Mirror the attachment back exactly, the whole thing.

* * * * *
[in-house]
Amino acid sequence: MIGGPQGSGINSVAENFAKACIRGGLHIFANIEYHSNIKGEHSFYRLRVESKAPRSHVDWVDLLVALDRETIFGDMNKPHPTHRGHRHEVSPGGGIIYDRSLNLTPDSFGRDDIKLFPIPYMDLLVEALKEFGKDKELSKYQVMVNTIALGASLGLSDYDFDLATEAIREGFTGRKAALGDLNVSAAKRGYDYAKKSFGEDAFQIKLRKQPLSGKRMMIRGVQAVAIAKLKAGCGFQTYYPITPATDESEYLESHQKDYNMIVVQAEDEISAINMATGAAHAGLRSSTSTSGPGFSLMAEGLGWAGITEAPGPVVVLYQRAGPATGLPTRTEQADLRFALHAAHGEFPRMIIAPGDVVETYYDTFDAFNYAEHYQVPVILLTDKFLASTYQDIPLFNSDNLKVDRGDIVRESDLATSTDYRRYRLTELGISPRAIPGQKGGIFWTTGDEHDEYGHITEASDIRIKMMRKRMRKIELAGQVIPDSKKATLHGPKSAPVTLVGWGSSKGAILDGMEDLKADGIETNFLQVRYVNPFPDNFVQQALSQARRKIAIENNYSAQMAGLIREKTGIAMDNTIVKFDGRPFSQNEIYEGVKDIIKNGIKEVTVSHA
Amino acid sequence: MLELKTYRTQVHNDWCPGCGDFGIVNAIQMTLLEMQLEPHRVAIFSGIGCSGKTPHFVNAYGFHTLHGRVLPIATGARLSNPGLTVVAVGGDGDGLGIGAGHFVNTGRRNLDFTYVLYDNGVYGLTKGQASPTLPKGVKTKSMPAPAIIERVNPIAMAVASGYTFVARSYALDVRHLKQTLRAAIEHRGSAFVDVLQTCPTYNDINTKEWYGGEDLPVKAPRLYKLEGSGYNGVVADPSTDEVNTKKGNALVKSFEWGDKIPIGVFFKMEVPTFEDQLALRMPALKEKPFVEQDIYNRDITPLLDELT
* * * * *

[in-house]
Amino acid sequence: MIGGPQGSGINSVAENFAKACIRGGLHIFANIEYHSNIKGEHSFYRLRVESKAPRSHVDWVDLLVALDRETIFGDMNKPHPTHRGHRHEVSPGGGIIYDRSLNLTPDSFGRDDIKLFPIPYMDLLVEALKEFGKDKELSKYQVMVNTIALGASLGLSDYDFDLATEAIREGFTGRKAALGDLNVSAAKRGYDYAKKSFGEDAFQIKLRKQPLSGKRMMIRGVQAVAIAKLKAGCGFQTYYPITPATDESEYLESHQKDYNMIVVQAEDEISAINMATGAAHAGLRSSTSTSGPGFSLMAEGLGWAGITEAPGPVVVLYQRAGPATGLPTRTEQADLRFALHAAHGEFPRMIIAPGDVVETYYDTFDAFNYAEHYQVPVILLTDKFLASTYQDIPLFNSDNLKVDRGDIVRESDLATSTDYRRYRLTELGISPRAIPGQKGGIFWTTGDEHDEYGHITEASDIRIKMMRKRMRKIELAGQVIPDSKKATLHGPKSAPVTLVGWGSSKGAILDGMEDLKADGIETNFLQVRYVNPFPDNFVQQALSQARRKIAIENNYSAQMAGLIREKTGIAMDNTIVKFDGRPFSQNEIYEGVKDIIKNGIKEVTVSHA
Amino acid sequence: MLELKTYRTQVHNDWCPGCGDFGIVNAIQMTLLEMQLEPHRVAIFSGIGCSGKTPHFVNAYGFHTLHGRVLPIATGARLSNPGLTVVAVGGDGDGLGIGAGHFVNTGRRNLDFTYVLYDNGVYGLTKGQASPTLPKGVKTKSMPAPAIIERVNPIAMAVASGYTFVARSYALDVRHLKQTLRAAIEHRGSAFVDVLQTCPTYNDINTKEWYGGEDLPVKAPRLYKLEGSGYNGVVADPSTDEVNTKKGNALVKSFEWGDKIPIGVFFKMEVPTFEDQLALRMPALKEKPFVEQDIYNRDITPLLDELT